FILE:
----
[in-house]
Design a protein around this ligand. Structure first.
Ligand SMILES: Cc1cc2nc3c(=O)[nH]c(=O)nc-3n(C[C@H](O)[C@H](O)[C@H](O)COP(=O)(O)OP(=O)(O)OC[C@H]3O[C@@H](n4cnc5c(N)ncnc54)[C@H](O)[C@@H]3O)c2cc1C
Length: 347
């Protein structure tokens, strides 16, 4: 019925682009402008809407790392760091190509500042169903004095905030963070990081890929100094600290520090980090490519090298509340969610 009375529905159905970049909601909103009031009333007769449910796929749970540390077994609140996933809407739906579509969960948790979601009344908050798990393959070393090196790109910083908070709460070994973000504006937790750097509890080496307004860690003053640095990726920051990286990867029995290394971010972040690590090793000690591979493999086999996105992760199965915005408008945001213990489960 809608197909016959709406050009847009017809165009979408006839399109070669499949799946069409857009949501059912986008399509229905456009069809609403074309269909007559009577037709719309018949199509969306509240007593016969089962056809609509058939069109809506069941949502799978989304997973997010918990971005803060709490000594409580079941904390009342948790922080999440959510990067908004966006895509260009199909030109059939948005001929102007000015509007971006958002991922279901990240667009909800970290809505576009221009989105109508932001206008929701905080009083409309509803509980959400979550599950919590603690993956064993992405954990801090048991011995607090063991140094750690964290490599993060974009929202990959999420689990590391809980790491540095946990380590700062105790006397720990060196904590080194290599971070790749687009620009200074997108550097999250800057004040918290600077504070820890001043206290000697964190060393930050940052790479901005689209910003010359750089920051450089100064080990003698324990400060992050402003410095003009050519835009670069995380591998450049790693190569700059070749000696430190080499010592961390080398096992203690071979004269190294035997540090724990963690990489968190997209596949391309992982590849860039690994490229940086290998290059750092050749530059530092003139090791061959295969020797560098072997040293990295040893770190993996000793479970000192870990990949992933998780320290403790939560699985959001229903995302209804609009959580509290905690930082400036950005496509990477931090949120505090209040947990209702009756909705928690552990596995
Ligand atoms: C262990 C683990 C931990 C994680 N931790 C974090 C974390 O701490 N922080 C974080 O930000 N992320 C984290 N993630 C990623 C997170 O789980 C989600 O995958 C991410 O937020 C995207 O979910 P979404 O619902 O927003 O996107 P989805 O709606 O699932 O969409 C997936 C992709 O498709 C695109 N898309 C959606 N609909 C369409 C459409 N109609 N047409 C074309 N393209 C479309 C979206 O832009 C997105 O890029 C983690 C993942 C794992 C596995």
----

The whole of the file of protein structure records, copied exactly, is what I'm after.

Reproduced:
[in-house]
Design a protein around this ligand. Structure first.
Ligand SMILES: Cc1cc2nc3c(=O)[nH]c(=O)nc-3n(C[C@H](O)[C@H](O)[C@H](O)COP(=O)(O)OP(=O)(O)OC[C@H]3O[C@@H](n4cnc5c(N)ncnc54)[C@H](O)[C@@H]3O)c2cc1C
Length: 347
């Protein structure tokens, strides 16, 4: 019925682009402008809407790392760091190509500042169903004095905030963070990081890929100094600290520090980090490519090298509340969610 009375529905159905970049909601909103009031009333007769449910796929749970540390077994609140996933809407739906579509969960948790979601009344908050798990393959070393090196790109910083908070709460070994973000504006937790750097509890080496307004860690003053640095990726920051990286990867029995290394971010972040690590090793000690591979493999086999996105992760199965915005408008945001213990489960 809608197909016959709406050009847009017809165009979408006839399109070669499949799946069409857009949501059912986008399509229905456009069809609403074309269909007559009577037709719309018949199509969306509240007593016969089962056809609509058939069109809506069941949502799978989304997973997010918990971005803060709490000594409580079941904390009342948790922080999440959510990067908004966006895509260009199909030109059939948005001929102007000015509007971006958002991922279901990240667009909800970290809505576009221009989105109508932001206008929701905080009083409309509803509980959400979550599950919590603690993956064993992405954990801090048991011995607090063991140094750690964290490599993060974009929202990959999420689990590391809980790491540095946990380590700062105790006397720990060196904590080194290599971070790749687009620009200074997108550097999250800057004040918290600077504070820890001043206290000697964190060393930050940052790479901005689209910003010359750089920051450089100064080990003698324990400060992050402003410095003009050519835009670069995380591998450049790693190569700059070749000696430190080499010592961390080398096992203690071979004269190294035997540090724990963690990489968190997209596949391309992982590849860039690994490229940086290998290059750092050749530059530092003139090791061959295969020797560098072997040293990295040893770190993996000793479970000192870990990949992933998780320290403790939560699985959001229903995302209804609009959580509290905690930082400036950005496509990477931090949120505090209040947990209702009756909705928690552990596995
Ligand atoms: C262990 C683990 C931990 C994680 N931790 C974090 C974390 O701490 N922080 C974080 O930000 N992320 C984290 N993630 C990623 C997170 O789980 C989600 O995958 C991410 O937020 C995207 O979910 P979404 O619902 O927003 O996107 P989805 O709606 O699932 O969409 C997936 C992709 O498709 C695109 N898309 C959606 N609909 C369409 C459409 N109609 N047409 C074309 N393209 C479309 C979206 O832009 C997105 O890029 C983690 C993942 C794992 C596995």